A Sign of the Times

Yesterday I ran some errands downtown. In Waupaca, a town of just over 5,000 people,  we are very lucky to have a thriving Main Street with almost everything we need offered by local merchants here and in the surrounding area, no Walmart or other large big box retailers to speak of. We even support three bookstores! I know! It’s unheard of! Unfortunately, in another couple of weeks, that number will shrink to two.

Book World in Waupaca

One place I stopped was Book World to buy a copy of a book I’ve been waiting forever for, Written in My Own Heart’s Blood by Diana Gabaldon, (yes, hardcover, and I paid full price and am so excited to read it!). I did get a 20% discount, however. When I asked my friend Maria, the manager, about it, she told me they were offering a discount because Book World will be closing several of its stores. Waupaca’s store is one of them.

I didn’t ask about profits or traffic or the recession or anything like that. I’ve read enough about what is happening in the publishing world and the economy to know how difficult it is to sell books these days, especially with the competition of Amazon and Barnes and Noble to deal with. As a result, small, independent booksellers are a disappearing breed, even small chains like Book World. Although Dragonwings Bookstore is still hanging on ( thank goodness!) as is The Book Cellar, I am saddened to think that a community like Waupaca will have one fewer choice at which to browse the shelves for books and magazines, calendars and bookmarks. We will have to look elsewhere to find the perfect book for a gift or experience the thrill of purchasing the latest book in a series that has taken years to read, as I just did.

If your community still has a book store, I beg you to support your local independent bookseller, even if it costs a few dollars more to buy from them. The experience of browsing the shelves in peace and quiet as you sample the worlds within the newly inked pages, of smelling the perfume of new paper, glue, and ink  which is unique to books, and of looking for a title and finding several you weren’t looking for but which you, ultimately, can’t live without is priceless. I don’t know anyone who would find going to the Amazon warehouse and browsing the shelves  comparable to being greeted by name and having books recommended by a friend.


“I have gone to [this bookshop] for years, always finding the one book I wanted – and then three more I hadn’t known I wanted.”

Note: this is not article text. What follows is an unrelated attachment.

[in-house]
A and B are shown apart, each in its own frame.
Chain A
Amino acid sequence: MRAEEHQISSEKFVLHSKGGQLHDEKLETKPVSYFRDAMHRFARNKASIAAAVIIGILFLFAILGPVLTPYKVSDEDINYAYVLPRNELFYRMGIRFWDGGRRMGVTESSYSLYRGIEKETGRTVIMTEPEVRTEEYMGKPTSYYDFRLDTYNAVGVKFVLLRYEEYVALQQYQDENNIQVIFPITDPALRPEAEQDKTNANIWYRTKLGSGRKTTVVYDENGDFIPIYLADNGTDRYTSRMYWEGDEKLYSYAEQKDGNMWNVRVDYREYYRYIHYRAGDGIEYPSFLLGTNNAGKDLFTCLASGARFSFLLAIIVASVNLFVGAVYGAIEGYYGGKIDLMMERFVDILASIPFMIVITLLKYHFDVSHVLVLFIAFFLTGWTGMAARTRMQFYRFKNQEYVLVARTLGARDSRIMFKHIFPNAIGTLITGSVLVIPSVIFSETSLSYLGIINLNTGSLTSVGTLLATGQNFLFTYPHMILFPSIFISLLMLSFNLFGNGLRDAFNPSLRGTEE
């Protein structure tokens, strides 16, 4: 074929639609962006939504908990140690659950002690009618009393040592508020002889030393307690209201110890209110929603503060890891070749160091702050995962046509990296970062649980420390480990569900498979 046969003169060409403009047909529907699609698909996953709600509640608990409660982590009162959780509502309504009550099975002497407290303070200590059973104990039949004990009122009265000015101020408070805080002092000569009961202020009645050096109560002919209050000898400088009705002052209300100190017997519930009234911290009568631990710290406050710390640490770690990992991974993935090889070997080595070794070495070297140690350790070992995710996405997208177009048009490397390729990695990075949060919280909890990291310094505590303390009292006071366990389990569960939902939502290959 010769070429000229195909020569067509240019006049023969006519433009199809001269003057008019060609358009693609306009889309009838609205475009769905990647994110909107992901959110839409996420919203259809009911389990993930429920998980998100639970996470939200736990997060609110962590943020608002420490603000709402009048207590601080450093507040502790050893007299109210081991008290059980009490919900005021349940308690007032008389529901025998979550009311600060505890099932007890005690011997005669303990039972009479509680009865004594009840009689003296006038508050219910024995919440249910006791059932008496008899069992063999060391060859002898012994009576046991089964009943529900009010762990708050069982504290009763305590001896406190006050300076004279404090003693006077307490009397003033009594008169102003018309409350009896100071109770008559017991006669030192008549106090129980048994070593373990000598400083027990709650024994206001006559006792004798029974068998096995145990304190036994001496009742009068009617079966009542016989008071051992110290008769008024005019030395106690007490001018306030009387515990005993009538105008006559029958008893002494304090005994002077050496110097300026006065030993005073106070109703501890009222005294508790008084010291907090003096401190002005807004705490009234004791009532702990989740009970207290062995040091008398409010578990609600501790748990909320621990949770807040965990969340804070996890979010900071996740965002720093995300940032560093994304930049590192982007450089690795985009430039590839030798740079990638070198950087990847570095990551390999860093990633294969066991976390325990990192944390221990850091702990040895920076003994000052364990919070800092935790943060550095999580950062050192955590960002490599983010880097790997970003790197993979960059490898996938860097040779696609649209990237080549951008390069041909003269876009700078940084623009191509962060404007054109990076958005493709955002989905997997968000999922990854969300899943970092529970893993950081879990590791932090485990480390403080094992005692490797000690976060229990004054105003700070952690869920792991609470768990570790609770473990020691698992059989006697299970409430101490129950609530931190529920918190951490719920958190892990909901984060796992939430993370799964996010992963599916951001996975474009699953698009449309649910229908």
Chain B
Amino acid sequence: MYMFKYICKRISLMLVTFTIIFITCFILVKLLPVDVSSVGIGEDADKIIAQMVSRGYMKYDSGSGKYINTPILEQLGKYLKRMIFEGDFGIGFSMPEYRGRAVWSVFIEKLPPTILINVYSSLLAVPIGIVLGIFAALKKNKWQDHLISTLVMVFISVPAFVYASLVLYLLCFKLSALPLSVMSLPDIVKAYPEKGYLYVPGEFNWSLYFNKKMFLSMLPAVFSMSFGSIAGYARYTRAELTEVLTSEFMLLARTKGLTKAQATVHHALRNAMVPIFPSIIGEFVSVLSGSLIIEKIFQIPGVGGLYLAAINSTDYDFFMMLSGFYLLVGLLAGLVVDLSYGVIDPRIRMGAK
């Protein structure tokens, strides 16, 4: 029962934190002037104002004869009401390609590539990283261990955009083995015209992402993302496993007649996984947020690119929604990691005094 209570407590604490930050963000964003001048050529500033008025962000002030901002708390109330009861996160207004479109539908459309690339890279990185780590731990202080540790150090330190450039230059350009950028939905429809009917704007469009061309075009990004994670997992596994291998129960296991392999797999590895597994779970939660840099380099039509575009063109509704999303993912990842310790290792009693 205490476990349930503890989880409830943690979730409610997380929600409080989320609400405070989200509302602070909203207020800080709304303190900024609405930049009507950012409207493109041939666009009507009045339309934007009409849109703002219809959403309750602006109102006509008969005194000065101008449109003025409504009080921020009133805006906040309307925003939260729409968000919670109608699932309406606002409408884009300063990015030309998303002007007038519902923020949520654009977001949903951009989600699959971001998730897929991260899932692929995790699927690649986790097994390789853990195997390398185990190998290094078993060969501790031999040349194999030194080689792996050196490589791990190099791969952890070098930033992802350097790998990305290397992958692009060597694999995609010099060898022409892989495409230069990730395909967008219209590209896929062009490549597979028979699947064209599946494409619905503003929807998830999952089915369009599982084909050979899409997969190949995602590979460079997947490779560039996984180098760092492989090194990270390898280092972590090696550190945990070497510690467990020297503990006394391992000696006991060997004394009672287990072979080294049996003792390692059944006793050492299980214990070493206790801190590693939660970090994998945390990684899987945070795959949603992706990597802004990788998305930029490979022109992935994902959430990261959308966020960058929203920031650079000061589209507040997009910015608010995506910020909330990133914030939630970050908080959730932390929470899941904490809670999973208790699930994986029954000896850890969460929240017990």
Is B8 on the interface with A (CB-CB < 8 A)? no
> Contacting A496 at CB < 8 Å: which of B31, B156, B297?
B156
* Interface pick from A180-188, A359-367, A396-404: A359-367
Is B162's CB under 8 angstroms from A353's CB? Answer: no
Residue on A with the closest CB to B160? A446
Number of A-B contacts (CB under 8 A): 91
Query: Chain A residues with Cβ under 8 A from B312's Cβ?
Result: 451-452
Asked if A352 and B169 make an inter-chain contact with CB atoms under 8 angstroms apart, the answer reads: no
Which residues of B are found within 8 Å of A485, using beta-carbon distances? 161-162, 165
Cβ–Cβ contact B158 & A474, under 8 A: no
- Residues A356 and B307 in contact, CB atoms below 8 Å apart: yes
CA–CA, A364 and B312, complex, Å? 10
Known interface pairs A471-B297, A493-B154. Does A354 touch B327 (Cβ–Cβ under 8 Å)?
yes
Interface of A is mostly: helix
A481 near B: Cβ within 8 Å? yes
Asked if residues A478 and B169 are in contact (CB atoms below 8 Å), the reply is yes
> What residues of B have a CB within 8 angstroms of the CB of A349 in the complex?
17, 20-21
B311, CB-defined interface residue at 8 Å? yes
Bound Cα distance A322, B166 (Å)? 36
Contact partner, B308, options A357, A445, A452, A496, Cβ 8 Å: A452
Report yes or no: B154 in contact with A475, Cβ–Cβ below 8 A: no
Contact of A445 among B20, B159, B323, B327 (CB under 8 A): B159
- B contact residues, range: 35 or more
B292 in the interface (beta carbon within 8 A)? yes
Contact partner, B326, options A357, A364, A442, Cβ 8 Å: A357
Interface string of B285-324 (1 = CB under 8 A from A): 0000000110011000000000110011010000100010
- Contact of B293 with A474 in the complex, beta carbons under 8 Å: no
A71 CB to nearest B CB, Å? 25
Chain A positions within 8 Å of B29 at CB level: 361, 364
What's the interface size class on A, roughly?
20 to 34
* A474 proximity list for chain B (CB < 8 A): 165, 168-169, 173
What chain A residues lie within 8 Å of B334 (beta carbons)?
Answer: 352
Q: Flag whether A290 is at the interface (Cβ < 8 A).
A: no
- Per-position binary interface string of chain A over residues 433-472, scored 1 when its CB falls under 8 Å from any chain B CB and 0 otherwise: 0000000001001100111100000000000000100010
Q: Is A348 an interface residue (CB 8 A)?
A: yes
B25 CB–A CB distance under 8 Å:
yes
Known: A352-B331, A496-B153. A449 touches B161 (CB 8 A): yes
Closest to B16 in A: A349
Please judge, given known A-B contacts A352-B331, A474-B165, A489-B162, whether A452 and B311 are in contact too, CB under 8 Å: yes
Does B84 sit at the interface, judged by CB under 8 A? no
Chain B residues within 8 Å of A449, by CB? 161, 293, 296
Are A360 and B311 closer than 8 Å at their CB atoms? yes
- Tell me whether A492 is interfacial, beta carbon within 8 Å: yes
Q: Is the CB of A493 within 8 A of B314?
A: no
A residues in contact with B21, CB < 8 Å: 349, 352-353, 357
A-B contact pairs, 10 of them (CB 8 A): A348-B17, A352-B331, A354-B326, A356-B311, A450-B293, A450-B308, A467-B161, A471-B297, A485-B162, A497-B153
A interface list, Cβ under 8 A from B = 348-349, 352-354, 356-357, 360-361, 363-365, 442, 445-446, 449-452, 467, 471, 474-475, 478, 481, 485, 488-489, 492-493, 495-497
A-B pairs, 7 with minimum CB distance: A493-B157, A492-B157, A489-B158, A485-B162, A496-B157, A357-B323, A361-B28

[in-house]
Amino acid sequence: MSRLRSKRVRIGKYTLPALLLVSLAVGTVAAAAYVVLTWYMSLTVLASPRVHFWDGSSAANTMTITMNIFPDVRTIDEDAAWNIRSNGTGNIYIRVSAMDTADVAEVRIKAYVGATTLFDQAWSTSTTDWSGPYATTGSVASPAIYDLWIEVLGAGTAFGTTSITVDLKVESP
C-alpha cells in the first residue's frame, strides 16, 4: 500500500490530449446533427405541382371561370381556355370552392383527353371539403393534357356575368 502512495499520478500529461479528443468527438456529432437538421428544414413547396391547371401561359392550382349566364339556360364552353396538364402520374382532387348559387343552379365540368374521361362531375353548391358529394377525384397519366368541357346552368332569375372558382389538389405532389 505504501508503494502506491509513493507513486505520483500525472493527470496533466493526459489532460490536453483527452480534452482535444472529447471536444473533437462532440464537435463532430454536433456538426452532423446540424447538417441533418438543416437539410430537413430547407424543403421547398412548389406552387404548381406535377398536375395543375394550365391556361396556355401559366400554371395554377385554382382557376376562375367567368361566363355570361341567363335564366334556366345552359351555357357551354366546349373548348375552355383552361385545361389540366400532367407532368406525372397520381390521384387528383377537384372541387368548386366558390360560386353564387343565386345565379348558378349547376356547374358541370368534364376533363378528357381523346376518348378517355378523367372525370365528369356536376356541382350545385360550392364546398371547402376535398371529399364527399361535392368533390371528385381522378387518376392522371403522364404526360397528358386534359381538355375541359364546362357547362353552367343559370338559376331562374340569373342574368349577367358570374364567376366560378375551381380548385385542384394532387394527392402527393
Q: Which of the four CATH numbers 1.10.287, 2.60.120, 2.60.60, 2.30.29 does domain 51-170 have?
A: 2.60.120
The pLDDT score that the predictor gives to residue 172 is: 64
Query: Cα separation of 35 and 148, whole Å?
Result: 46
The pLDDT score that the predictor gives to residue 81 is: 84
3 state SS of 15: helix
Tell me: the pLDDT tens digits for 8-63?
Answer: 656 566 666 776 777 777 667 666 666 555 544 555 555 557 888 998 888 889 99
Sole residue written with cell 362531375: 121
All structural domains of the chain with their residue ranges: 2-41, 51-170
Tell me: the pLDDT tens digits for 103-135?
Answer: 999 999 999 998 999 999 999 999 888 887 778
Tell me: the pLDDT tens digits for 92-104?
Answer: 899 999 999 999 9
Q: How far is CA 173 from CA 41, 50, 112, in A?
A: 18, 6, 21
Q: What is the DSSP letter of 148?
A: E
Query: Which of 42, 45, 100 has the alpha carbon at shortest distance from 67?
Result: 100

― Mary Ann ShafferThe Guernsey Literary and Potato Peel Pie Society

6 responses to “A Sign of the Times”

  1. Hi! I just wrote about the Waupaca Book World closing on my blog too! The closing date is just a week after my Waupaca-set book will be released. Such bad news all around. (Support your local bookstore!) I was searching the web for news about Book World and found your blog entry. Cheers, June

    1. June! I just read your book description! Did your family own Tom Thumb? My son worked there a few years ago! I am also on the Waupaca BookFest author committee. We are in the planning stages right now for next April. I would love to talk to you about your book. When you come to Waupaca to present at the historical society, maybe we could get together and chat if you have a moment. In the meantime, I love your blog!

      1. Shannon,
        Yes! Tom Thumb! That’s quite a coincidence that your son worked there. Wow! My book is all about it and the 30 years my family ran the mini golf. Yes, let’s talk about the Waupaca Book Festival. You can find my personal email at my website http://www.junemelby.com
        Great to meet you, online, talking about a little bookstore!

        1. Yes, so nice to meet you online! I look forward to reading your book and also to meeting you in person!

  2. Yes it would be really sad to lose the small independent retailer although in Australia we have lost a few of the large chains of bookstores as well. Our small independent has a coffee shop attached and hosts book club meetings in the effort to keep going.

    1. I rather like that idea of having the book shop be a hub of activity in addition to selling books. Maybe that’s why I love book stores so much. They feel like home. Thanks for reading my post, Irene!

Leave a Reply

Fill in your details below or click an icon to log in:

WordPress.com Logo

You are commenting using your WordPress.com account. Log Out /  Change )

Twitter picture

You are commenting using your Twitter account. Log Out /  Change )

Facebook photo

You are commenting using your Facebook account. Log Out /  Change )

Connecting to %s

%d bloggers like this: